`    ``cout << ``"third character of string is : "` `<< ch << endl;`
`    ``//  front return first character and back returns last charcter`
`    ``//  of string`
`    ``char` `ch_f = str6.front();  ``// Same as "ch_f = str6[0];"`
`    ``char` `ch_b = str6.back();   ``// Same as below`
`                               ``// "ch_b = str6[str6.length() - 1];"`
`    ``cout << ``"First char is : "` `<< ch_f << ``", Last char is : "`
`         ``<< ch_b << endl;`
`    ``// c_str returns null terminated char array version of string`
`    ``const` `char``* charstr = str6.c_str();`
`    ``printf``(``"%s\n"``, charstr);`
`    ``// append add the argument string at the end`
`    ``str6.append(``" extension"``);`
`    ``//  same as str6 += " extension"`
`    ``// another version of appends, which appends part of other`
`    ``// string`
`    ``str4.append(str6, 0, 6);  ``// at 0th position 6 character`
`    ``cout << str6 << endl;`
`    ``cout << str4 << endl;`
`    ``//  find returns index where pattern is found.`
`    ``//  If pattern is not there it returns predefined`
`    ``//  constant npos whose value is -1`
`    ``if` `(str6.find(str4) != string::npos)`
`        ``cout << ``"str4 found in str6 at "` `<< str6.find(str4)`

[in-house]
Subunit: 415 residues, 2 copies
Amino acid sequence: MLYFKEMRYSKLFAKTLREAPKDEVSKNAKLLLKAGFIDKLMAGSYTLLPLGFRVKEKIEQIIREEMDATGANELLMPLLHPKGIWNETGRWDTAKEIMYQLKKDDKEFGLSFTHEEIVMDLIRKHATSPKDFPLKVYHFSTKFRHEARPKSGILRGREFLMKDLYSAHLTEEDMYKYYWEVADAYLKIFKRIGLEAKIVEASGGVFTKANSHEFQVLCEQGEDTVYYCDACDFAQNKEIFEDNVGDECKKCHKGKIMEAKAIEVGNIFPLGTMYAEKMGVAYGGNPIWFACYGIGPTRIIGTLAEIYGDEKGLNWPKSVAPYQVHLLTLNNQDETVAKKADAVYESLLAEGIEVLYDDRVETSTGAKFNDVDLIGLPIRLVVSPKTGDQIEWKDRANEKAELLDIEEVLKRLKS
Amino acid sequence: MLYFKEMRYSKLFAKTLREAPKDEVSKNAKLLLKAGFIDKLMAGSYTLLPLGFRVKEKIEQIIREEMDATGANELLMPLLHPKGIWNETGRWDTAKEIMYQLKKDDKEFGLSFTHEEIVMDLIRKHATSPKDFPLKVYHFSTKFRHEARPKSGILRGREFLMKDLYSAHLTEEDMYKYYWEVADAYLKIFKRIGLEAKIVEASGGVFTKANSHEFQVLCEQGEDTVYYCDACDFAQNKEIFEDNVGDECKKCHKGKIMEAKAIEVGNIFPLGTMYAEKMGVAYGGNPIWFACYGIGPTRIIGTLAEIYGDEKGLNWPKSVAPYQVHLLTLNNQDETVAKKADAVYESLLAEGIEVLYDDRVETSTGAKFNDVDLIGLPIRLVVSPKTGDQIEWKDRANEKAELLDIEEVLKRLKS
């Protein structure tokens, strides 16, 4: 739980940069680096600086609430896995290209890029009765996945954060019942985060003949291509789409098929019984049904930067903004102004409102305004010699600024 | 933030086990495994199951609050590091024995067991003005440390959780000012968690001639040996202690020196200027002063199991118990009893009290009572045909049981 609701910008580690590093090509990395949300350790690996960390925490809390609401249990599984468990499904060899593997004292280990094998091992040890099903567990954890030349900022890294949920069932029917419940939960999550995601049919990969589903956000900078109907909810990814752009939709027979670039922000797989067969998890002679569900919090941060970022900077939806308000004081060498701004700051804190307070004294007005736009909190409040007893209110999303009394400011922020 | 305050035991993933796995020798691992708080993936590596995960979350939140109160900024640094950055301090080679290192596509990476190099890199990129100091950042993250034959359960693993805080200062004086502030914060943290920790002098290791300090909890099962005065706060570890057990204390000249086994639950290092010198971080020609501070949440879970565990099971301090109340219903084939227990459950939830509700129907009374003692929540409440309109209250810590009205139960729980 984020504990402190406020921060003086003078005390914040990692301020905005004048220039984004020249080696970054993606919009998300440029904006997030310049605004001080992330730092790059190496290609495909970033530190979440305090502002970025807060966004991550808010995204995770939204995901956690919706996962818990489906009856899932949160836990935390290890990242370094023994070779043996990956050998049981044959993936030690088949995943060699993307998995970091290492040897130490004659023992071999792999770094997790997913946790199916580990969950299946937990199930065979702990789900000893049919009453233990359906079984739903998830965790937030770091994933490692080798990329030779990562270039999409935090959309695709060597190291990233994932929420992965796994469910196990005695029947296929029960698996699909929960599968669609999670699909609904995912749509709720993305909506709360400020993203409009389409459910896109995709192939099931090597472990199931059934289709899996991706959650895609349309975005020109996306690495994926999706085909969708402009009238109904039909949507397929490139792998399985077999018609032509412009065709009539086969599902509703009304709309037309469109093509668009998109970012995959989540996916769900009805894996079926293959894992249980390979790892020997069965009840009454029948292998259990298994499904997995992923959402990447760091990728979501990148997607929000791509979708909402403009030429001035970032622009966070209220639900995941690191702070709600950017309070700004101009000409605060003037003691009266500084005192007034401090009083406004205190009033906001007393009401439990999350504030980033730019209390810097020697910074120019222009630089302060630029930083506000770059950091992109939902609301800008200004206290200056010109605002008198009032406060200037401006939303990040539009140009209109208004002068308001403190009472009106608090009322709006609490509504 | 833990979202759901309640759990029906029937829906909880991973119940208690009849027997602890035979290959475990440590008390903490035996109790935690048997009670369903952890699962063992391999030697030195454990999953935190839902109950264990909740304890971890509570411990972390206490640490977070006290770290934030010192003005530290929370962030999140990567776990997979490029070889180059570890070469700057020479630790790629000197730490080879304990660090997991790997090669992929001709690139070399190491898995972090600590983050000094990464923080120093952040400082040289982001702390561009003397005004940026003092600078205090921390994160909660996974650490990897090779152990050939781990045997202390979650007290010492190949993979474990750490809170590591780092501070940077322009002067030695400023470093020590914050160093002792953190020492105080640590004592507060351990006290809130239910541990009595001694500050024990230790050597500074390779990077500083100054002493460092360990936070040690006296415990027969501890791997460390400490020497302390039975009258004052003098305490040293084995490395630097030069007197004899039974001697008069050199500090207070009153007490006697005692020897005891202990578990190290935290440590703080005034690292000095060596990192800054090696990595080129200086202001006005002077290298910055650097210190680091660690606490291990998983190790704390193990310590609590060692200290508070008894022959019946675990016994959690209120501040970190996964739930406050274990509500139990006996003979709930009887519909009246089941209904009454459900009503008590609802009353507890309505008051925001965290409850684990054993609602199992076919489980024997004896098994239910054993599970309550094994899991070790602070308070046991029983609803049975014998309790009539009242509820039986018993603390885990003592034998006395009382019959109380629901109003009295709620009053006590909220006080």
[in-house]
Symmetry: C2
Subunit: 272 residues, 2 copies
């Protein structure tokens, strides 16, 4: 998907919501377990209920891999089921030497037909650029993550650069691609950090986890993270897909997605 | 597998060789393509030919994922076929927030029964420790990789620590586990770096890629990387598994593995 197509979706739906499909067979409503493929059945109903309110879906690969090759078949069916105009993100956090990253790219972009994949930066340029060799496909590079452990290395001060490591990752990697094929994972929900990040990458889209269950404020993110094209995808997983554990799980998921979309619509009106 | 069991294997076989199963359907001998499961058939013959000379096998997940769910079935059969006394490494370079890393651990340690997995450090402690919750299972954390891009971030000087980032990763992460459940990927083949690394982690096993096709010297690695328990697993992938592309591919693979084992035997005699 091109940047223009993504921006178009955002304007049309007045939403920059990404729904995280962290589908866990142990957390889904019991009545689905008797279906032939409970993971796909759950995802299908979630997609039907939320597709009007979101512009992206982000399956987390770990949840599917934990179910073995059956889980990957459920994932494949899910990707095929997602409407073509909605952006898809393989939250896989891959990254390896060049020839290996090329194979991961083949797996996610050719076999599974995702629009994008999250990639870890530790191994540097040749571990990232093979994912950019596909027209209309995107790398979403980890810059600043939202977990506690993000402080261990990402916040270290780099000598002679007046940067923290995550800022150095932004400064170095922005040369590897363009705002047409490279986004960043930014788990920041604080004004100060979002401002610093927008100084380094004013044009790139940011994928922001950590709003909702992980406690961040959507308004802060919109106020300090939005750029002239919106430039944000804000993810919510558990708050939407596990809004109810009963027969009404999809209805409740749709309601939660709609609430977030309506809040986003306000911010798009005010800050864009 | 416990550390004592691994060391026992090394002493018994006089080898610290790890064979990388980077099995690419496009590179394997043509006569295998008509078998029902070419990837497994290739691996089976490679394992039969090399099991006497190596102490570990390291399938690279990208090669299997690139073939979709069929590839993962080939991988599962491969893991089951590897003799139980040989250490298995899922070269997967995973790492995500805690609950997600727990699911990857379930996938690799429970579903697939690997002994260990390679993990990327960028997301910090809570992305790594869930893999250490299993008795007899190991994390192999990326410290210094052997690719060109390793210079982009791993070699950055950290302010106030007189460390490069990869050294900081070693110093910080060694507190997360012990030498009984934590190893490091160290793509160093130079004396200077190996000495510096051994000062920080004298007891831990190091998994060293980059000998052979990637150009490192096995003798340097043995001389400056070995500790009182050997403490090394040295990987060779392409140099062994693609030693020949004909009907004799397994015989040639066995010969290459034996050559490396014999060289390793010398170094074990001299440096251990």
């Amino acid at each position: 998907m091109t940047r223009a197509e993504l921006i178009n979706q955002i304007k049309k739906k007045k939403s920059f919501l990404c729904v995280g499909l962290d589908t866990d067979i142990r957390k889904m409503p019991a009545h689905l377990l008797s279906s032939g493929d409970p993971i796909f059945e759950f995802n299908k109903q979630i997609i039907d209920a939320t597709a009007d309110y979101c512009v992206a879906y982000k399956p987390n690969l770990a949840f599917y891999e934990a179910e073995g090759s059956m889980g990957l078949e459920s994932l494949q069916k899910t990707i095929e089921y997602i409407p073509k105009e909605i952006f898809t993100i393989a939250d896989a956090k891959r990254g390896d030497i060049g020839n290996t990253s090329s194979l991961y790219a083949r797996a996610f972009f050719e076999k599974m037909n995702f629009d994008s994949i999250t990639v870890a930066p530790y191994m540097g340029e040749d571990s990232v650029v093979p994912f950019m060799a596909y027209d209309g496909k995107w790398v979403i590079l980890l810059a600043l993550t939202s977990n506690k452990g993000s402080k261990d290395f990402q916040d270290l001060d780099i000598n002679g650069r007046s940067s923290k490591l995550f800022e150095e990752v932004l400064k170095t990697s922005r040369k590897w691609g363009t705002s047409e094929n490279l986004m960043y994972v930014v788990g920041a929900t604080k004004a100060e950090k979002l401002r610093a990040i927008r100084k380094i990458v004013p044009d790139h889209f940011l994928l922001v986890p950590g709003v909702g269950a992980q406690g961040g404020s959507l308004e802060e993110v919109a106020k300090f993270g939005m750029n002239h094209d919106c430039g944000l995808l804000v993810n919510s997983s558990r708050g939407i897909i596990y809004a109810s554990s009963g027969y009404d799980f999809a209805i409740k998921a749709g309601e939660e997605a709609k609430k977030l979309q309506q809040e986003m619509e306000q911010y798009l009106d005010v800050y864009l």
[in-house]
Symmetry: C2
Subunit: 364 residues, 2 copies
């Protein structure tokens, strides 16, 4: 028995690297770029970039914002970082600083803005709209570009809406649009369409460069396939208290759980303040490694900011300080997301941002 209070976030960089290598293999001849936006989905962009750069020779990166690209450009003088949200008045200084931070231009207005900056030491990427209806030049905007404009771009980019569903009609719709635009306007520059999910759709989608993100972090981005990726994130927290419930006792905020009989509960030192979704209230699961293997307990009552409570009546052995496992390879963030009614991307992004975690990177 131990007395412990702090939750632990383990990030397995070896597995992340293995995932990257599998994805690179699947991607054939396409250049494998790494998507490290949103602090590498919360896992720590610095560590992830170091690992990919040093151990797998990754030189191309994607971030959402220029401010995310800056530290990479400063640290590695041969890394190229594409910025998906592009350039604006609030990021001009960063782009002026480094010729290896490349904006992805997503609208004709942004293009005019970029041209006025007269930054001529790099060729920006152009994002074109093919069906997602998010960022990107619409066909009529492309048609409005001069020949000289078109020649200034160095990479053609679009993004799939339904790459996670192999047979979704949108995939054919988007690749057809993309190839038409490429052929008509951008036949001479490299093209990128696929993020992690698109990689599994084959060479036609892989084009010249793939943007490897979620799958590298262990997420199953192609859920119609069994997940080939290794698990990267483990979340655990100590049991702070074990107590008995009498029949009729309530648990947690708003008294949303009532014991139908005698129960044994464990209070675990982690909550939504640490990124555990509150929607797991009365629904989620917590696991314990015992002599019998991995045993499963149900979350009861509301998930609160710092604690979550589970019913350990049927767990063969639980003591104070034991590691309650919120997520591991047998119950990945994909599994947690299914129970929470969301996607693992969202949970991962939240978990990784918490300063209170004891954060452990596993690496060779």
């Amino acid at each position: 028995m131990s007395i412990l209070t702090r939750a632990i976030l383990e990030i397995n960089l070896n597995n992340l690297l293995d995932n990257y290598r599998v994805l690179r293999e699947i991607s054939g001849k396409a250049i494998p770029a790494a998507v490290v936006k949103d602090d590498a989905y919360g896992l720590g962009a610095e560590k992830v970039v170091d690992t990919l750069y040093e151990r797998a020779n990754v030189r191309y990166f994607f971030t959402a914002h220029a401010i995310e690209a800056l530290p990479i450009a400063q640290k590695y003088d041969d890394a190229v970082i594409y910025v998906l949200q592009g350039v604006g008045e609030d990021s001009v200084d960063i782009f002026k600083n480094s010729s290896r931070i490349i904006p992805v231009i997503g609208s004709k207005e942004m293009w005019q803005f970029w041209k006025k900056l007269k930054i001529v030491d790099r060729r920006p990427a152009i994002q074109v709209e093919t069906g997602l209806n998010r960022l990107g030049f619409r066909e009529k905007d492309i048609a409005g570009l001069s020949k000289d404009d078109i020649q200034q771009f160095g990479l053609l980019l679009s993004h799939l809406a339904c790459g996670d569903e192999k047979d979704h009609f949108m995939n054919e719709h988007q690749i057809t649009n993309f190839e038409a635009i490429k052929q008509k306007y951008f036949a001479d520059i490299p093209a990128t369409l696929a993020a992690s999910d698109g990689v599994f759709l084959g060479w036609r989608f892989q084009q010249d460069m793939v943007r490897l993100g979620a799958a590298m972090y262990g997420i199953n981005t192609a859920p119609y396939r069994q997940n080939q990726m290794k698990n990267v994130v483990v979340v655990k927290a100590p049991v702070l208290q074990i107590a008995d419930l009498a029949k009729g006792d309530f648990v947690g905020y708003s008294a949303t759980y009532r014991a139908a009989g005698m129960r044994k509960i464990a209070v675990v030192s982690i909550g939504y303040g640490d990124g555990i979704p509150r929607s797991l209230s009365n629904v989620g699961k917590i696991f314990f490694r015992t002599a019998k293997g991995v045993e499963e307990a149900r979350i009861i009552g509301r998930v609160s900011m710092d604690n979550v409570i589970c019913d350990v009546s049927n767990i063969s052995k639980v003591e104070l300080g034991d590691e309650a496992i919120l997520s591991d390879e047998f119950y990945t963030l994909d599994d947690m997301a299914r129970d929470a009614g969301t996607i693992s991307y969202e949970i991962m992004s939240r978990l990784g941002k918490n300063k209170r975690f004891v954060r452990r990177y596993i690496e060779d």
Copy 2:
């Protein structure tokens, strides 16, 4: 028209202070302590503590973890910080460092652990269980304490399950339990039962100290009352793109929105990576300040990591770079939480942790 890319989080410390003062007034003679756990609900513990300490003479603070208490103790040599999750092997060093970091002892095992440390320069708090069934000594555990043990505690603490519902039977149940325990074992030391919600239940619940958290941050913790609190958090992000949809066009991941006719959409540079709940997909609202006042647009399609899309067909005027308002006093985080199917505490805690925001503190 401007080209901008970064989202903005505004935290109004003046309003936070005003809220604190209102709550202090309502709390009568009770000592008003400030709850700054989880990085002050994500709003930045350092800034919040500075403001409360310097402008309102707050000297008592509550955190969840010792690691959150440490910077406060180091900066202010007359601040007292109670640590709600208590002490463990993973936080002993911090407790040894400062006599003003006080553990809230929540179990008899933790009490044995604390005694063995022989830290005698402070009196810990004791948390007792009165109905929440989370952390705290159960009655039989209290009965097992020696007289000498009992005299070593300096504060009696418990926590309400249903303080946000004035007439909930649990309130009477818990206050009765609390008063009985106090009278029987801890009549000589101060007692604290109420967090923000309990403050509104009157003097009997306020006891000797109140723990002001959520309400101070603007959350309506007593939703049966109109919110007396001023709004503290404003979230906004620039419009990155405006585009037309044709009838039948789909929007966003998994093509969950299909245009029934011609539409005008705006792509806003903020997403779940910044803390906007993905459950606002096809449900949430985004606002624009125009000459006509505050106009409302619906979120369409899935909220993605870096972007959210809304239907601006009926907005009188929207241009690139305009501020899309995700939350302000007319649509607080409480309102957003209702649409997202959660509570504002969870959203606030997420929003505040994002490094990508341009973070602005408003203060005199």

`             ``<< ``" pos"` `<< endl;`
`    ``else`
`        ``cout << ``"str4 not found in str6"` `<< endl;`
`    ``//  substr(a, b) function returns a substring of b length`
`    ``//  starting from index a`
`    ``cout << str6.substr(7, 3) << endl;`
`    ``//  if second argument is not passed, string till end is`
`    ``// taken as substring`
`    ``cout << str6.substr(7) << endl;`
`    ``//  erase(a, b) deletes b character at index a`
`    ``str6.erase(7, 4);`
`    ``cout << str6 << endl;`
`    ``//  iterator version of erase`
`    ``str6.erase(str6.begin() + 5, str6.end() - 3);`
`    ``cout << str6 << endl;`
`    ``str6 = ``"This is a examples"``;`
`    ``//  replace(a, b, str)  replaces b character from a index by str`
`    ``str6.replace(2, 7, ``"ese are test"``);`
`    ``cout << str6 << endl;`
`    ``return` `0;`
`}`

Output :

```first string
first string
#####
string
first
Length of string is : 6
third character of string is : r
First char is : s, Last char is : g
string
string extension